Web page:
Mess about with the workings of an RPG!

Back in 2008 Microsoft released a the code for a small Japanese-style RPG to help folks get started with coding their own indie games. If you have a little experience with coding/compiling and want to mess about with it, here’s how to get hold of the latest version and poke about with it yourself.

Download and install Visual C# 2010 Express

Microsoft released a free (as in beer), trimmed-down version of Visual Studio specifically for coding C# .NET programs and apps. If you already have Visual Studio 2010, then skip this step.

You also have the option of downloading the whole suite of ‘Express’ packages, including Visual Basic and the Web Developer package.

Download and install Microsoft XNA 4.0

Microsoft built the XNA code library specifically for coding games on Windows and the XBox. It contains routines for 3D graphics, sound, handling game saves, sprites and so forth.

Once run, you can use the XNA 4.0 code libraries in Visual C# 2010 Express, and you will also be able to make use of game templates and compilation options that will enable you to export your code to an XBox 360.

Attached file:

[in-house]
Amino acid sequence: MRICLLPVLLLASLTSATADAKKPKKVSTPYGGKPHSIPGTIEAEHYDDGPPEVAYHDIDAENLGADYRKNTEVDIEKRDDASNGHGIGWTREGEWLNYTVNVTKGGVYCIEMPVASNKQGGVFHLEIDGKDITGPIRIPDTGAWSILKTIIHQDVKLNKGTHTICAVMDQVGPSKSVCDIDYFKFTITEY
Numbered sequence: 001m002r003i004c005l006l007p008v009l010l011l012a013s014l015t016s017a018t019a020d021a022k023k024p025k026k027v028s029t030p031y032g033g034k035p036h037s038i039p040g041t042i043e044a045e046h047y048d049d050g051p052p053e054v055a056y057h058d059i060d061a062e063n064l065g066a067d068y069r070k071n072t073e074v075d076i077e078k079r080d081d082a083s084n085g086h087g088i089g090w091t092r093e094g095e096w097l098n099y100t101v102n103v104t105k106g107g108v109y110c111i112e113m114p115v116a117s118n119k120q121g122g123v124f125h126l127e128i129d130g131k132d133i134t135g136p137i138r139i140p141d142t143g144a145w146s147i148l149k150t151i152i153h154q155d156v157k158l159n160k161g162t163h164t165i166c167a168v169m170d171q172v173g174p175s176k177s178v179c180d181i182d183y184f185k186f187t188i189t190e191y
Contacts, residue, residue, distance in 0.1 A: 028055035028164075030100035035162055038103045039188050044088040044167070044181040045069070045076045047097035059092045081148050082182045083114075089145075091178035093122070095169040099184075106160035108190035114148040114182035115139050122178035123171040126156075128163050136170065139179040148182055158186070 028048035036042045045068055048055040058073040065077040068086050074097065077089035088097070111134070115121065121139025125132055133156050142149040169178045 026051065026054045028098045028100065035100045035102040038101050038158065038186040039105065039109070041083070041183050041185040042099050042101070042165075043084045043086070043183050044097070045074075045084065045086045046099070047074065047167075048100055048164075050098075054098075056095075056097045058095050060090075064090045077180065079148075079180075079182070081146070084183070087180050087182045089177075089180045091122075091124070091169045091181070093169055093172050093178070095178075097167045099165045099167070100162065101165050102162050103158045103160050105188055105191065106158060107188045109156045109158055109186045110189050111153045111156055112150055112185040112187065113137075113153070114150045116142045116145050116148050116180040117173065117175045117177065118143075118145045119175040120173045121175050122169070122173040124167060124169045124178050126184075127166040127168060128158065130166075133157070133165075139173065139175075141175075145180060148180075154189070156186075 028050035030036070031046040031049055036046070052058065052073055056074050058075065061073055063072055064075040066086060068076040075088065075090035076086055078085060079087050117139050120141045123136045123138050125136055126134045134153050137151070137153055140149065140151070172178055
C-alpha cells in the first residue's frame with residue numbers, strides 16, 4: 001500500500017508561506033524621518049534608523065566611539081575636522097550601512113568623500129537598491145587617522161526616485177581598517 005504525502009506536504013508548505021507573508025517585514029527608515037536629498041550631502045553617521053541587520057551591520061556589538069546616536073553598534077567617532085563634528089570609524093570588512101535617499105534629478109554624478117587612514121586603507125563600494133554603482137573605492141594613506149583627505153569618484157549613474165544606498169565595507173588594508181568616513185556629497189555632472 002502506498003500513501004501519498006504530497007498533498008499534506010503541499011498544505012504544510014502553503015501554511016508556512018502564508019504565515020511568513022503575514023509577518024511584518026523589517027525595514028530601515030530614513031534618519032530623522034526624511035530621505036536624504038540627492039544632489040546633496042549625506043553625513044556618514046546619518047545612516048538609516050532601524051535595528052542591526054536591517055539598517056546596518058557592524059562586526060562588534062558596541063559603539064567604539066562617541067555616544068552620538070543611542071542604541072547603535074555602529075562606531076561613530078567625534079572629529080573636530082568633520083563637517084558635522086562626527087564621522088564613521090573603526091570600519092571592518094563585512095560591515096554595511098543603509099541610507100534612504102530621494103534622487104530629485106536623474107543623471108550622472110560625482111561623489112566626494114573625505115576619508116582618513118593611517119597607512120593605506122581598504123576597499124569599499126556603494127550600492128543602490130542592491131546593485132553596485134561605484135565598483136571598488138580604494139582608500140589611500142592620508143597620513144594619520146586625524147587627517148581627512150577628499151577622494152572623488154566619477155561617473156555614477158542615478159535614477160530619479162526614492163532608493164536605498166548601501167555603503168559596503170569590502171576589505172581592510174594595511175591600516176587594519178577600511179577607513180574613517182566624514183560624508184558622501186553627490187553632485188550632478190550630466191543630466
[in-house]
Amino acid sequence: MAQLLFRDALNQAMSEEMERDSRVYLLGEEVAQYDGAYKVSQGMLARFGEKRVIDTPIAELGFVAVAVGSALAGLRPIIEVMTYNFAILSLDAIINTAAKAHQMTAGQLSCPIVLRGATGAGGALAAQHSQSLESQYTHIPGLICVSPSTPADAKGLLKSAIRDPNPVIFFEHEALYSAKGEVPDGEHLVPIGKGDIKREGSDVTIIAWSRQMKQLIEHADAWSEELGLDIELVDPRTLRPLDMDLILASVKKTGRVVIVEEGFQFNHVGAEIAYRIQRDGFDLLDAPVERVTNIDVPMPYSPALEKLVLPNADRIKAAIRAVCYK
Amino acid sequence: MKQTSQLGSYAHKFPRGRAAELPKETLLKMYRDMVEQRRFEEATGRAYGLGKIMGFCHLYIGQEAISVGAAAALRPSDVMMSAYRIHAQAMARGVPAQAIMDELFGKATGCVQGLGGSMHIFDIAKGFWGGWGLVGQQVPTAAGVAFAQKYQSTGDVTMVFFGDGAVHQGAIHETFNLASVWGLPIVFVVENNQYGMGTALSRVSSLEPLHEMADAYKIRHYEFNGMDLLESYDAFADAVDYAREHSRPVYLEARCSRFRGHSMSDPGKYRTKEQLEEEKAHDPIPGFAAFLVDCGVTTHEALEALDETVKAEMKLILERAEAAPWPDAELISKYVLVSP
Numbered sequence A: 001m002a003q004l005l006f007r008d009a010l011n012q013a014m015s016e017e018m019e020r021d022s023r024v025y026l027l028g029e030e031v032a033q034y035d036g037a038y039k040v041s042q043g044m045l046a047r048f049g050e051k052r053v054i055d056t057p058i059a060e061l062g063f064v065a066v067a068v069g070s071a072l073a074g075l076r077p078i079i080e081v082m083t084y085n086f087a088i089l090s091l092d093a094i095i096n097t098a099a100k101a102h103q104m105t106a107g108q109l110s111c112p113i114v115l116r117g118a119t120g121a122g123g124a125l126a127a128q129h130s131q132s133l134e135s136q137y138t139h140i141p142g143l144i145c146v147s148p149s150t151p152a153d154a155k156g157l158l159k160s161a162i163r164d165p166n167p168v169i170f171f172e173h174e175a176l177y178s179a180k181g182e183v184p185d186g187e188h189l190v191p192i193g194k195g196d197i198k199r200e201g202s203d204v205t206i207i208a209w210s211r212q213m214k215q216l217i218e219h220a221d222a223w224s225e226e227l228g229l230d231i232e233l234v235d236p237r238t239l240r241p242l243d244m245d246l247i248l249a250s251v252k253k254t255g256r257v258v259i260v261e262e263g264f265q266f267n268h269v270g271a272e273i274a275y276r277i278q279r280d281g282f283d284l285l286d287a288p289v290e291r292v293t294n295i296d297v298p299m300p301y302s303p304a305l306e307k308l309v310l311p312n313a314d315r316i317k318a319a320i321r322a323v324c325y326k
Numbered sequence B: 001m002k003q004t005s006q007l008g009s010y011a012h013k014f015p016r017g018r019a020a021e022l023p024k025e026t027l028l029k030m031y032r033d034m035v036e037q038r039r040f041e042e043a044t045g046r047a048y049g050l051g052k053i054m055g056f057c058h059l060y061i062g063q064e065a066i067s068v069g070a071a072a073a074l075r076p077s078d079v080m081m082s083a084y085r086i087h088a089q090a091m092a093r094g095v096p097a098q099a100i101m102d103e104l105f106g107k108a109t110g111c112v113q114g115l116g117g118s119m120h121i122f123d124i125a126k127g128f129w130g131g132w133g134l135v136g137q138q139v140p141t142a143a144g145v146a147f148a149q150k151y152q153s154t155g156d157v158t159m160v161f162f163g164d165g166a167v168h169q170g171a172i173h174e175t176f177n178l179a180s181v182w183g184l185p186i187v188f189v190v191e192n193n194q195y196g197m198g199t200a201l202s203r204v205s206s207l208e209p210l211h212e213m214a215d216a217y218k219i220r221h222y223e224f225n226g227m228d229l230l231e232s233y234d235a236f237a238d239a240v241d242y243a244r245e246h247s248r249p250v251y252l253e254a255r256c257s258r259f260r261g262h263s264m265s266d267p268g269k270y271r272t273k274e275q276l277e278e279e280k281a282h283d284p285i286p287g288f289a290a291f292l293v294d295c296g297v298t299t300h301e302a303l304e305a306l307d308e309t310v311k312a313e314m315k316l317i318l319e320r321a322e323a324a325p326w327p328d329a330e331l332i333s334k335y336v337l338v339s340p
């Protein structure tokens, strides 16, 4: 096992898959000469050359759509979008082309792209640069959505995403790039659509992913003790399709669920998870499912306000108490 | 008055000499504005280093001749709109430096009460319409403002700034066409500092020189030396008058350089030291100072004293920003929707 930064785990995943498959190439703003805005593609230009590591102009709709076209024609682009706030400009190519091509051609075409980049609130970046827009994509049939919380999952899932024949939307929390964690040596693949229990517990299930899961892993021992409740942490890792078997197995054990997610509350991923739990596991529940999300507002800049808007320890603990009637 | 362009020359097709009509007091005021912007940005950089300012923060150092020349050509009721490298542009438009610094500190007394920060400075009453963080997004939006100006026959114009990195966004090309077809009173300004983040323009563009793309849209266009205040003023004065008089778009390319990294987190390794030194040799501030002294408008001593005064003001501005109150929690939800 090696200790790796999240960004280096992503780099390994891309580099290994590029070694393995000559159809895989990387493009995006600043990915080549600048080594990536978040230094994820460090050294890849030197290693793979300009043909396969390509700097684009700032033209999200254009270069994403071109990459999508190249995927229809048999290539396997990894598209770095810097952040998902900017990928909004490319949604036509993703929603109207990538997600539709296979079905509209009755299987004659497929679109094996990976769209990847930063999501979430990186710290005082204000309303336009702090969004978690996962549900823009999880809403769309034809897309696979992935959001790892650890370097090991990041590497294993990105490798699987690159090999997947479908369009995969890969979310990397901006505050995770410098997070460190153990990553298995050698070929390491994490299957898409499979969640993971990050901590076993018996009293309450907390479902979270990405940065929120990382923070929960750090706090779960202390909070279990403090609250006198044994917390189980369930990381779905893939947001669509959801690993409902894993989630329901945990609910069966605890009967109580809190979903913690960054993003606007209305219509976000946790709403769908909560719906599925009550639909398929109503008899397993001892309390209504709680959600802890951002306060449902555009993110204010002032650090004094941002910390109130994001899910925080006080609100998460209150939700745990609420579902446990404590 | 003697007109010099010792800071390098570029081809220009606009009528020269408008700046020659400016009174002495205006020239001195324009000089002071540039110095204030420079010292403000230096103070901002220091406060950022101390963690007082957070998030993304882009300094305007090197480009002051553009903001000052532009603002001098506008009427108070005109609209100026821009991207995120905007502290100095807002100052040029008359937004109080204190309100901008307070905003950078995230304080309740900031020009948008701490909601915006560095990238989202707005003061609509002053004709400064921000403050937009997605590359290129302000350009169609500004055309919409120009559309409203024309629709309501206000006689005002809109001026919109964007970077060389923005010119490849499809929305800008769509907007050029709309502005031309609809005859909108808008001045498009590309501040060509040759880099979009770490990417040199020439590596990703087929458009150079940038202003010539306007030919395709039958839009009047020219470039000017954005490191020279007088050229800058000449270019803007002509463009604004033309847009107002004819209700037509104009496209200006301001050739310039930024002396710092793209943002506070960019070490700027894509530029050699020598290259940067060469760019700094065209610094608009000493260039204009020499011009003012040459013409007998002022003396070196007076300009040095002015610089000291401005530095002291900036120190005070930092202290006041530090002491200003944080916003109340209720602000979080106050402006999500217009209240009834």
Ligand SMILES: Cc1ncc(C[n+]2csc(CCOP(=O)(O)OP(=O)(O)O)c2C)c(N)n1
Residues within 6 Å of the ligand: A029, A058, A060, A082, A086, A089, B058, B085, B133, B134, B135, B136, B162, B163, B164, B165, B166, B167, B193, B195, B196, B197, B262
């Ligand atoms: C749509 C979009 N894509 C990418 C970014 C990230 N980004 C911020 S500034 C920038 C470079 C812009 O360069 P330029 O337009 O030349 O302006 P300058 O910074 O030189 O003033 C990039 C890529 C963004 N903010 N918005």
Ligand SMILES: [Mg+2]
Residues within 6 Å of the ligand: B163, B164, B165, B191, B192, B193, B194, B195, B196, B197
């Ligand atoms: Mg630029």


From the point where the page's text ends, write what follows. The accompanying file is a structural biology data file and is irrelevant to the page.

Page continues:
Download the Role-Playing-Game Starter Kit

The starter kit comes in the form of a project that can be opened in Visual C# 2010 Express. All you have to do is download it and unpack the files to the correct place.

  1. Go to
  2. Download the file ‘
  3. Unpack the zip file and copy the folder into your visual studio2010projects folder. You should be able to find this in your ‘My Documents’ folder. If not, just extract them to somewhere sensible where you will be able to find them later

Get started!

Everything should be in place now for you to get nosing around the code, debug it, and generally hack it about to your heart’s content

  • Start Visual C# 2010 Express
  • Go to File -> Open project
  • Navigate to where you unpacked the RPG Starter Kit
  • Open ‘RoleplayingGameWindows.sln
  • Visual C# will load in the files
  • Click the green ‘debug‘ arrow at the top to compile and run the game